Reminiscent of De Kooning's Action Paintings, Brewster applies gestural color strokes using paint rollers, rags, brushes, and his hands, wiping out paintings repeatedly before finishing. "My paintings sit within a tradition the French call premier coup, meaning 'all at once.' They are most often executed in one swift stroke," Brewster says.

Of his artistic process, Brewster explains: "I used to be dependent on brushes, but I've all but abandoned them because I now prefer to paint with my hands-both bare-handed and with latex gloves-and with rollers. I can achieve enormous initial coverage with my paint rollers, without the distracting, horizontal, furrowed marks left by brushstrokes. Using every aspect of my hand and fingers as a tool, I can apply and direct paint with a great sense of purpose and control."

Brewster has been the recipient of many awards, including Pollack-Krasner and Taconic Berkshire Grants. He has been awarded fellowships at the Ballinglen Arts and the Klots Foundation, and has completed commissions for the University of Pennsylvania's Wharton School and Vermont State House. His work is represented in private and museum collections, including PAFA, the Berman Museum, The Orton Foundation, Princeton University Art Museum, the Pennsylvania State Museum, the Wharton School of Business, and the W.P. Carey School of Business at Johns Hopkins University.

The public opening reception will be held on Friday, September 20, 5:30-7:30 p.m. in the Alumni Gallery. Brewster will discuss his work during a slide lecture on November 1, 6-7:30 p.m. at PAFA.

In conjunction with the exhibit, PAFA's Continuing Education department will host a two-day Alla Prima Workshop with David Brewster on November 2-3.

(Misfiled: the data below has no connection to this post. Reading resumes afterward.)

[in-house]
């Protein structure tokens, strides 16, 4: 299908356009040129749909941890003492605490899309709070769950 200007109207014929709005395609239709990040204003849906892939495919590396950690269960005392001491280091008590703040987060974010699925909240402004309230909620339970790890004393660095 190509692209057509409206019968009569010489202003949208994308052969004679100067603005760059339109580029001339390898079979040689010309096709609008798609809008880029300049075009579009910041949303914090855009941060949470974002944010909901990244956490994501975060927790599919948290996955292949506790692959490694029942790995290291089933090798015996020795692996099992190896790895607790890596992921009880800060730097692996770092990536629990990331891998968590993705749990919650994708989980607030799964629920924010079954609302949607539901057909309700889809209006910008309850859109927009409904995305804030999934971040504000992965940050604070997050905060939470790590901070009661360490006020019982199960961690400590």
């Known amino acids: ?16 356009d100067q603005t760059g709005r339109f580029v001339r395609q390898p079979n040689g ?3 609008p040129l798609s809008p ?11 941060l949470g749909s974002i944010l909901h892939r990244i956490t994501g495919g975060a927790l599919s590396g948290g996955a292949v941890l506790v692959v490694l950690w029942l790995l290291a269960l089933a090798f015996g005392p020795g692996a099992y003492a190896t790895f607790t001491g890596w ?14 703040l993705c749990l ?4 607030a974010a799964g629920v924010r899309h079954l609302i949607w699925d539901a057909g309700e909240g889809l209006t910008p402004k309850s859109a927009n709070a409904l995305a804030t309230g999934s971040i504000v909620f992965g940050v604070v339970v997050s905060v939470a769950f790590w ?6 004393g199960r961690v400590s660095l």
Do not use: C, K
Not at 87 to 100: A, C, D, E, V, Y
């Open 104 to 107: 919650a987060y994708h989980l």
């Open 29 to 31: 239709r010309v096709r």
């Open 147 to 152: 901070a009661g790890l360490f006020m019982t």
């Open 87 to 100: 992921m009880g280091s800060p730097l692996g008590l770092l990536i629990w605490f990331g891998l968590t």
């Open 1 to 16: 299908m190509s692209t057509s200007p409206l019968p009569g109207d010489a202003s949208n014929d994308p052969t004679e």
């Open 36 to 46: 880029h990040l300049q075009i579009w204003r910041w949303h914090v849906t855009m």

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Recent work by PAFA alumni Read Lockhart, Mary McCann, and Tiffany Tate, recipients of the 2015 MFA Faculty Exhibition Award

feast famine is a collection of encounters. It examines accumulation and the pivotal relationship between a solitary experience and the collective, symbiotic whole. Fragments prompt desire and an endless hunt for balance, offering an immersive mirage. Cycles in nature, the oscillation between abundance and deprivation, and intuitive behavior prompt us to consider: At what point do two perimeters begin to encircle one another?

D. Read Lockhart was born in Lake Bluff, Illinois. He is the son of photographer, woodworker, and designer David L. Lockhart, and the grandson of the late American wildlife painter James Lockhart. After receiving a bachelor of arts degree in the classics from St. John's College in 2000, Read spent years traveling and living abroad before choosing to continue in the visual arts tradition of his father and grandfather before him and received his MFA from PAFA in 2014. Read studied drawing and painting through a series of apprenticeships in Florence, Italy and New York. He currently lives in Philadelphia and says his work "celebrates the rich tradition of narrative painting, reawakening iconic and nuanced devices from from the past, however, with a departure. Within each scene, a collaboration between the figures is implied, though they fail to truly interact and relate."

Mary McCann was born in Ft. Huachuca, Arizona, and lived throughout U.S. military bases in the south as well as in Seoul, Korea. Her works range in a variety of media from sculpture, drawing, and painting. She received her BFA from the University of Alabama at Birmingham and an MFA from PAFA in 2014. She currently lives and works in the Philadelphia area. McCann states that "the moment of metamorphosis is paramount to my work, provoking a process of building and transformation. The work is framed with humor, lightness to a dark situation inviting the viewer to examine their own approach to cycles of highs and lows. There is a compulsion for balance from one terminus to another."

Tiffany Tate is from Springfield, Illinois. She received a Bachelor’s of Fine Arts in Printmaking in 2010 and a Bachelor’s of Art in Art History in 2012, both from Southern Illinois University Edwardsville. In 2014, she completed her Master of Fine Arts at PAFA. Tate has exhibited work in cities including New York, Philadelphia, and St. Louis. She currently lives and works in Philadelphia. Tate says she works with subjects that "present confrontations through their relationship to the viewer via scale and spatial orientation. Through this confrontation, I hope to reveal a mental space where physical landscapes become equated to internal ones and the desire to touch, look, discover, and relate reconfirms the symbiotic nature and desire for intimacy between the viewer and the work and consequently, the viewer and their worldly surroundings, both animate and inanimate."